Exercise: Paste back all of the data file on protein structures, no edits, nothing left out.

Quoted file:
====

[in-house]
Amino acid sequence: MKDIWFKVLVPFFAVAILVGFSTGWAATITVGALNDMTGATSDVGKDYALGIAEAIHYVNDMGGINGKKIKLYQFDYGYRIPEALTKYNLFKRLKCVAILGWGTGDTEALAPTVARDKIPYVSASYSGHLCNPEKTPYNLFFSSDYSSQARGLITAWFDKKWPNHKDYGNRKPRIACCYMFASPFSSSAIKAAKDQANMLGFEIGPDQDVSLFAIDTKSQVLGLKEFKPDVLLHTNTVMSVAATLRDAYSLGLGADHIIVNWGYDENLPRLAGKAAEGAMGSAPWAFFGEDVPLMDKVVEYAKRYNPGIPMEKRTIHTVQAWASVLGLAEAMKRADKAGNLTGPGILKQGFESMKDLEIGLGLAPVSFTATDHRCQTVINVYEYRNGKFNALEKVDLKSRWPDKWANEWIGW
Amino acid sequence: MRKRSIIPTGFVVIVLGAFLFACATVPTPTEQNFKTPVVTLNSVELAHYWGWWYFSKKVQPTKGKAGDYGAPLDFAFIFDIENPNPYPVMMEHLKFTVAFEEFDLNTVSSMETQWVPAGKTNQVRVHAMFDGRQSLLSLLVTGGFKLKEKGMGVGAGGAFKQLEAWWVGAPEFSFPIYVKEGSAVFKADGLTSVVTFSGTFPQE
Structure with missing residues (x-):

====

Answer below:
[in-house]
Amino acid sequence: MKDIWFKVLVPFFAVAILVGFSTGWAATITVGALNDMTGATSDVGKDYALGIAEAIHYVNDMGGINGKKIKLYQFDYGYRIPEALTKYNLFKRLKCVAILGWGTGDTEALAPTVARDKIPYVSASYSGHLCNPEKTPYNLFFSSDYSSQARGLITAWFDKKWPNHKDYGNRKPRIACCYMFASPFSSSAIKAAKDQANMLGFEIGPDQDVSLFAIDTKSQVLGLKEFKPDVLLHTNTVMSVAATLRDAYSLGLGADHIIVNWGYDENLPRLAGKAAEGAMGSAPWAFFGEDVPLMDKVVEYAKRYNPGIPMEKRTIHTVQAWASVLGLAEAMKRADKAGNLTGPGILKQGFESMKDLEIGLGLAPVSFTATDHRCQTVINVYEYRNGKFNALEKVDLKSRWPDKWANEWIGW
Amino acid sequence: MRKRSIIPTGFVVIVLGAFLFACATVPTPTEQNFKTPVVTLNSVELAHYWGWWYFSKKVQPTKGKAGDYGAPLDFAFIFDIENPNPYPVMMEHLKFTVAFEEFDLNTVSSMETQWVPAGKTNQVRVHAMFDGRQSLLSLLVTGGFKLKEKGMGVGAGGAFKQLEAWWVGAPEFSFPIYVKEGSAVFKADGLTSVVTFSGTFPQE
Structure with missing residues (x-):